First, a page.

PDA

View Full Version : Do you have to let your refrigerator "settle" for a day after you move it?


Lawrence
12-30-1999, 10:35 PM
I live in Spain. I own a refrigerator. I just moved. The moving guy and my wife (both Spanish) insisted that after the refrigerator had been moved it had to "settle" for 24 hours before being plugged in. The guys who brought the fridge to my old house four years ago when I bought it told me the same thing. Apparently inside the fridge there are mysterious liquids that circulate and if they are not allowed to settle down before the fridge is plugged in very bad things will happen.

This is a modern, standard refrigerator, not some museum piece. I had never heard about this settling down business during all the many long years I lived in America. Is there any truth to it or is it some Spanish refrigerator urban legend?

techchick68
12-30-1999, 10:51 PM
Lawrence,

Yes, the fridge should settle for some time, this is not a Spanish legend....so I have been told by appliance people.

I have heard the rule of thumb is, 1 hour for each 30 minutes in transit, but I could be wrong.

Hope that helps you :)

ZenBeam
12-30-1999, 10:55 PM
Sounds like an urban legend to me. I've never heard of it here in the states. My Refrigerator manual doesn't say anything about waiting before plugging it in. however, it DOES say "Give your refrigerator time to cool down completely before adding food. It is best to wait 24 hours before adding food."

I suspect this is the source of what you've been told, and common wisdom has misinterpreted this to mean wait to plug it in.

------------------
It is too clear, and so it is hard to see.

Fear Itself
12-31-1999, 01:04 AM
You don't have to let it settle if you kept it upright, but if you tipped it back, or had to lay it down for any reason, you have to let it stand for a while. If you don't, the compressor will be damaged. Take it from an old appliance mover (moi).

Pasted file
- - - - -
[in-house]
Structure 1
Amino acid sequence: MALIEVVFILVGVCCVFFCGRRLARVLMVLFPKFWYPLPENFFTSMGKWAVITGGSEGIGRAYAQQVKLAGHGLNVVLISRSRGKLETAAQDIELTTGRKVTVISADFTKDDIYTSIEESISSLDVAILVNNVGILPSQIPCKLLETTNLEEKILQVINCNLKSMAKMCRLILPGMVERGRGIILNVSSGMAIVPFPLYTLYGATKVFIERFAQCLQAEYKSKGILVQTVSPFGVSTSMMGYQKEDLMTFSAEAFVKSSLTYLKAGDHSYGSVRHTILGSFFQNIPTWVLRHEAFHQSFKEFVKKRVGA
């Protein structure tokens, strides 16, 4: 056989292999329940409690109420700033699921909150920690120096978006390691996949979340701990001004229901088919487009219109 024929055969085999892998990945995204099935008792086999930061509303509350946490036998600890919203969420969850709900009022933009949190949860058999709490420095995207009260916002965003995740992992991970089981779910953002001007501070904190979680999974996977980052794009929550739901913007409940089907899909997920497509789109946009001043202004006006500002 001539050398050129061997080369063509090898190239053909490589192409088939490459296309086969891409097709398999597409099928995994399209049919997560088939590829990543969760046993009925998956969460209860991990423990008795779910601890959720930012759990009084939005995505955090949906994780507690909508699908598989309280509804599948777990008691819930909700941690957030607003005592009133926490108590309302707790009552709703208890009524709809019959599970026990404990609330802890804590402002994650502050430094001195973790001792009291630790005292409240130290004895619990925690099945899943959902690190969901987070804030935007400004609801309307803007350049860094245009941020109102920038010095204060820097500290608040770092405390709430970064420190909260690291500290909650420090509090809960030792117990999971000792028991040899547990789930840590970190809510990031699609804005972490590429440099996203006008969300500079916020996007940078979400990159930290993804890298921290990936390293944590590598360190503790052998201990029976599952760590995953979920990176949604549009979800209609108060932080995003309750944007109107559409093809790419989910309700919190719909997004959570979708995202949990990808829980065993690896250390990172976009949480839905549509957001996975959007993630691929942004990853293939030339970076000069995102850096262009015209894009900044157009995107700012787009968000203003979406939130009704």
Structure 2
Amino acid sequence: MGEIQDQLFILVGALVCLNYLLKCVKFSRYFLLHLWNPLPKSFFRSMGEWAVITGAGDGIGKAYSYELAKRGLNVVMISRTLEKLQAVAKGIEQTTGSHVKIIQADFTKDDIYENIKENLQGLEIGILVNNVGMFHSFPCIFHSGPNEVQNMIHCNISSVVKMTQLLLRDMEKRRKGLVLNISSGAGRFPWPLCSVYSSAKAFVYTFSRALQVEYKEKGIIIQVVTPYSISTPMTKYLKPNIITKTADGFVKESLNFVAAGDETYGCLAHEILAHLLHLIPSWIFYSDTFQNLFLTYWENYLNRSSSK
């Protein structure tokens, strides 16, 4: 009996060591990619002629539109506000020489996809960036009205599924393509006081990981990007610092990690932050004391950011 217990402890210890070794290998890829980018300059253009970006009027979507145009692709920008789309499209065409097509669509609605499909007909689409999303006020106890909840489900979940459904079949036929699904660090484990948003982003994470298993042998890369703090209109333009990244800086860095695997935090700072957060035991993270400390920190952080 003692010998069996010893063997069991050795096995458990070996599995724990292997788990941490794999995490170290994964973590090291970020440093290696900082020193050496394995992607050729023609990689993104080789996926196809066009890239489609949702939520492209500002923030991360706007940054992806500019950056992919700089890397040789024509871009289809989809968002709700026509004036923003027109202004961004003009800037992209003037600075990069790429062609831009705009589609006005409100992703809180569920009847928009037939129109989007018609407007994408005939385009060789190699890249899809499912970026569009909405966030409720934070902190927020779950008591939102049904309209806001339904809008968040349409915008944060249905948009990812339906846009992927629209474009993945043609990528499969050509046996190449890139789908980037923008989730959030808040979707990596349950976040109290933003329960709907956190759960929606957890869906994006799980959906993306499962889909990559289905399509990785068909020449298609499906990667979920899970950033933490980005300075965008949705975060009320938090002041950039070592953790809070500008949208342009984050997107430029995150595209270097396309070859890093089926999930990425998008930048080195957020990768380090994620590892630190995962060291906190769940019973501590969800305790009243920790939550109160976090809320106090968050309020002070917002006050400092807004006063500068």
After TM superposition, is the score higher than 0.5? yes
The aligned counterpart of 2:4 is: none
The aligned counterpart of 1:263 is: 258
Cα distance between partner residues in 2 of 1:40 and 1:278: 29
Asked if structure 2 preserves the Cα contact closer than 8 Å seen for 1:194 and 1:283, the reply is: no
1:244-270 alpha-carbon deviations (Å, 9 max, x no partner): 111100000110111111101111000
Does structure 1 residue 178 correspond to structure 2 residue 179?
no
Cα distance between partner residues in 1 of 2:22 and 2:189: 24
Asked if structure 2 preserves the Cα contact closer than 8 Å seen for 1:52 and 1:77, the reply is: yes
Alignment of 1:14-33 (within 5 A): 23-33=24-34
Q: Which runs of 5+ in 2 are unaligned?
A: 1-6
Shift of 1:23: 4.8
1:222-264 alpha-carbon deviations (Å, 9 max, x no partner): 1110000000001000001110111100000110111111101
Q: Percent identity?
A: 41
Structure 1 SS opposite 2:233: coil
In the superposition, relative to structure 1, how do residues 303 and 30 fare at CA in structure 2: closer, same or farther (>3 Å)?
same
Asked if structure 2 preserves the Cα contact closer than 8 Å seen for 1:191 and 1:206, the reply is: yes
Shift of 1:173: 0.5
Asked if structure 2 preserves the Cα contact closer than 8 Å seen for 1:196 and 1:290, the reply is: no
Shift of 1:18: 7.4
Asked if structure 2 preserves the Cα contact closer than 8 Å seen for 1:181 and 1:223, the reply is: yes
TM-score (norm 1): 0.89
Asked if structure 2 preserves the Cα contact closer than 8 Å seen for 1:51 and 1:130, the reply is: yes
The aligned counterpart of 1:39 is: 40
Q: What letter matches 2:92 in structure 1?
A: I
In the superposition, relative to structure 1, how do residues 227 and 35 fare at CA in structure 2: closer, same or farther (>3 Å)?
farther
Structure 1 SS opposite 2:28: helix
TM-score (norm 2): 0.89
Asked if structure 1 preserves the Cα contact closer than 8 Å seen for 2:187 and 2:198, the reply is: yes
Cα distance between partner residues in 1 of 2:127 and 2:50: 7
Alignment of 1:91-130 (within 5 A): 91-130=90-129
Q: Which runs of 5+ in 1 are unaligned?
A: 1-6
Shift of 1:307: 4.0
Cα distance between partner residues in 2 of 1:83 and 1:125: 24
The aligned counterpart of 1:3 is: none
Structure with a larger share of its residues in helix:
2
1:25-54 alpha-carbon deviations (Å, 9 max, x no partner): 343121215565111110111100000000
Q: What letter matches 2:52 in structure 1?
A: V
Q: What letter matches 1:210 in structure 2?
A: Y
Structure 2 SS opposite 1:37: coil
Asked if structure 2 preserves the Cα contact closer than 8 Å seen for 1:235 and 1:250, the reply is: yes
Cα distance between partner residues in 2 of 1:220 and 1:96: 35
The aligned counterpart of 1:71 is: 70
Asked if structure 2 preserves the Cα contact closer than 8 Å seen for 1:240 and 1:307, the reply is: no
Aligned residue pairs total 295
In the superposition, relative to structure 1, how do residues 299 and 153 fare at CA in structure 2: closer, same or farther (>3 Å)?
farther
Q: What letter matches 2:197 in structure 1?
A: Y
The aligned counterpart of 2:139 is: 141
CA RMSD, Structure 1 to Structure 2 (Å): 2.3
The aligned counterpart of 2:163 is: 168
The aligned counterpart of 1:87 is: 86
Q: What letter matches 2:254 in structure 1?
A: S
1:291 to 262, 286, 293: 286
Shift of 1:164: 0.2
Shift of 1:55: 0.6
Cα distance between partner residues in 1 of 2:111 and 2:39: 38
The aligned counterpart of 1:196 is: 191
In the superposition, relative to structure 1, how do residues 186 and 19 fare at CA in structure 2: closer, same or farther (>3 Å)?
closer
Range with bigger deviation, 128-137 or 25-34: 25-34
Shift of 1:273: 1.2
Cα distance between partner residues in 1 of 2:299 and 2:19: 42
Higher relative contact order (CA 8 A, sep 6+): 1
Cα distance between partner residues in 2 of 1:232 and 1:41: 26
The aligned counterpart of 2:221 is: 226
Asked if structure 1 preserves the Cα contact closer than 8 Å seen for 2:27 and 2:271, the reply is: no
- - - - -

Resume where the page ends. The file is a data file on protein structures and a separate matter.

------------------
TT

"Believe those who seek the truth.
Doubt those who find it." --Andre Gide

The LION
12-31-1999, 03:25 AM
Inside the refrigeration system there is about a cup of oil to lubricate the compressor, if the refrigerator is layed on it's side the oil can drain out of the sump and into the lines and coils.
When the refrigerator is pluged in right after being set upright the oil can be sucked into the compressor and hydro-lock it.
24 hours is long enought for the oil to settle back into the sump of the compressor.

Peace
t lion

------------------
_________________________
" I Wonder What Happens When I push THIS Button? "
_________________________

mangeorge
12-31-1999, 06:21 PM
Methinks LION is right. I bought a new fridge about three years ago, and the delivery folks told me the same thing. They said it wouldn't neccessarily harm anything, but that it would be better if I cound let it sit till the next day before turning it on. I did, no problems.
Peace,
mangeorge

------------------
Work like you don't need the money.....
Love like you've never been hurt.....
Dance like nobody's watching! ....(Paraphrased)

fuzzy-wuzzy
12-31-1999, 10:17 PM
Lion is correct....if you layed the fridge down...you have to give the oil time to settle back...if you kept it upright while moving it...then it's fine to plug it back in...depending on how long you had it unplugged....you need to let it cool back down before putting food back in...if you kept it upright while moving...add more time to the additional 24 hours to plug it back in to let it cool down....

handy
01-01-2000, 10:33 AM
I looked at my refrig instruction manual [hey, thats what they are for]...I don't see anything about this in it.

Rich G7subs
01-02-2000, 04:57 PM
Yes....but only if your fridge was layed on its side.The oil that lubricates the compressor is "entrained" by the freon inside.The oil moves around the system with the freon gas.This lubricates the compressor lobes and bearings.If the fridge is on its side the oil will run out of the compressor "sump" and when started right side up immediatly after being on its side it could cause bearing damage.Never heard of "Hydro Locking"? Is that a new trade term???

------------------
Rich "G7SUBS"

The LION
01-02-2000, 05:31 PM
Rich G7
I used the term hydro-lock in describe what happens when a compressor ingests a noncompressable liquid.
At best it overloads the motor at the worst it totaly locks up the mechinism.
All my experence has been with industrial air compressors and automotive air conditioning compressors.

Peace
t lion

------------------
_________________________
" I Wonder What Happens When I push THIS Button? "
_________________________